So I went to the local council’s music school with mother and we enquired whether that might be possible. The guy who dealt with us (no idea what his role was) suggested that a) it might take a while to get the old cello sorted out, b) I was way too old to learn such a difficult instrument properly, and c) wouldn’t I like to learn the double bass instead. He took us to instrument storage where they had several of them standing around (clearly a shortage of pupils willing to pick them up!) and let me try it out, all the time emphasizing how perfect my hands were shaped to play the double bass. With hindsight, he clearly had too many pupils for cello on his books and not enough for double bass, but I swallowed the bait and started learning bass, renting an instrument from the music school (at DM 5,- per month, it was obviously at the taxpayer’s expense).

I only have very hazy memories of my first bass teacher, a Mr Balint (possibly Hungarian, not sure, there were lots of Hungarian musicians in the area thanks to the PH). He was soon replaced by a younger teacher, Gunnar Polansky, who was a very down-to-Earth, ordinary child of the Ruhrgebiet, and also a very talented musician with a promising career as part of a Jazz trio (the Thomas Gabriel Trio). He explained to me why the Jacques Loussier trio had their famous interpretation of Bach’s music all wrong, and his trio was playing Bach much better, but I forgot why it was better. Checking up on the internet, I realise the Thomas Gabriel Trio has remained active for over 30 years (they released a CD with jazzed-up Bach music in 2013), and Gunnar also advanced in the classical world, becoming solo bass at the Neue Philharmonie Westfalen (an orchestra that is only new because it resulted from the merger of two smaller regional orchestras).

Through Gunnar’s encouragement, I got into the Big Band of the Music School (somehow, the regular orchestra was never on offer?!), where I learned about three jazz standards (including How high the moon, which I still like today) and I think I took part in one concert, although I have no direct memory of playing in the concert.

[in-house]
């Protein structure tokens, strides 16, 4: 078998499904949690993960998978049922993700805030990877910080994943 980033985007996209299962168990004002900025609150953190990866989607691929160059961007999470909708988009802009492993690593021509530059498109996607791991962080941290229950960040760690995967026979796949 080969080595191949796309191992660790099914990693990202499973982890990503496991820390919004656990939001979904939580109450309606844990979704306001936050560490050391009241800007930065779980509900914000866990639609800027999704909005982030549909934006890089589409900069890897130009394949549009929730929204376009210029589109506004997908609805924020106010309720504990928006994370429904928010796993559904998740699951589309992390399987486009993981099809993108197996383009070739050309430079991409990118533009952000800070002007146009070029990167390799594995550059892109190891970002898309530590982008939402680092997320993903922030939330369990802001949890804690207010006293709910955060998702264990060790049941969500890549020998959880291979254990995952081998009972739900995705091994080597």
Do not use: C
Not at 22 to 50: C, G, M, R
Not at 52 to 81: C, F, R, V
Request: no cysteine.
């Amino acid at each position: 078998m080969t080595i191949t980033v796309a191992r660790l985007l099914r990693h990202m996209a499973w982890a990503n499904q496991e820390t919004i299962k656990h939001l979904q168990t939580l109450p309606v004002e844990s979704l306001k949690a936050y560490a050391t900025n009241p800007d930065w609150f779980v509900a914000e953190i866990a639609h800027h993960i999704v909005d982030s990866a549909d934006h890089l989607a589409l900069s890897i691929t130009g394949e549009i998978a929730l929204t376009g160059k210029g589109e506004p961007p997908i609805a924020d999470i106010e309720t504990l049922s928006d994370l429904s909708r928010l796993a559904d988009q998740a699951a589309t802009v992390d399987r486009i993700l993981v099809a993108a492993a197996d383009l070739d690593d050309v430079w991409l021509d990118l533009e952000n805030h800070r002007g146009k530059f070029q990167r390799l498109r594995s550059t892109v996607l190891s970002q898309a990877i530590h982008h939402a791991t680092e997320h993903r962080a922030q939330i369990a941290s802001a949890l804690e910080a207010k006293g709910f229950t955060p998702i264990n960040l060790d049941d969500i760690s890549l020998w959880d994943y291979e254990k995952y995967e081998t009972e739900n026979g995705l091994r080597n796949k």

I continued bass tuition through to the summer of 1984, as I did my Zivildienst (replacement military service for conscientious objectors) from home, so in total I had nearly four years of tuition on bass, and I got half way through the Simandl etudes, but nowhere near performing anything. On one occasion I had the opportunity to accompany some school choir singing Eastern European folk songs, together with a pianist. Although I practiced my part quite a bit, I fell apart as soon as I had to keep in time with the pianist, never mind the choir. Today I would know what to do about such problems, but at the time I was clueless and didn’t get much help.

Moving on to University in 1984, I had an extremely small student room, so putting a bass in there was completely out of the question. Still, I ventured out to a try-out rehearsal with some local jazz band. As it happened, their bassist was away that day but his instrument was there, so I could pluck a few wrong notes at the wrong time. I was put into my place quite firmly, however, when the other musicians discussed which piece to play next, someone proposed a title, and another one said: “No, without a bass we can’t play that one,” while I was standing next to him holding the bass. Sadly, I haven’t played a bass since that day. (Update: on one occasion at the Isis Farmhouse, I borrowed Noreen’s bass for five minutes. Didn’t get any standing ovations for my playing.)

Looking back, there were many other ways in which I was discouraged from playing music while I was growing up, even discouraged from having opinions on music. My parents liked to ridicule other families where children were bribed to practice their instruments – I remember this specifically of one family they knew from university times and where the children were younger than me and learning piano while I was still learning nothing. Apparently, they traded TV time for piano practice time and apparently that was a completely outrageous thing to do. Not that it would have worked with me as I never saw the point of TV.

Similarly, a school friend of mine who came from a family where children learned violin by default was extremely unpopular with my parents, an aversion which I have never understood. I suppose the bottom line was that those kinds of families come from another planet and have nothing to do with us.

This might have been a valid argument if my mother hadn’t been the daughter of a piano teacher as well as a pianist and singer herself. More shockingly still, we had virtually no contact with the family of her oldest sister while I was growing up (curiously, her contact with that family improved after we and our cousins were all grown up and there were no educational approaches to compare and contrast any more). Allegedly this was because that aunt and her family were very religious and would have tried to convert us to their Baptist faith. Decades later I found out that all five of my cousins in that family had learned to play musical instruments. That little detail was never mentioned in our household. By contrast, we often met up with the smaller and less religious family of the middle sister, where both my cousins were self-taught guitar strummers like myself and as far as I know there had been no serious attempt at musical education.

Photo labelled "Advent 1970" - as I said music making mainly happened in the run-up to xmas.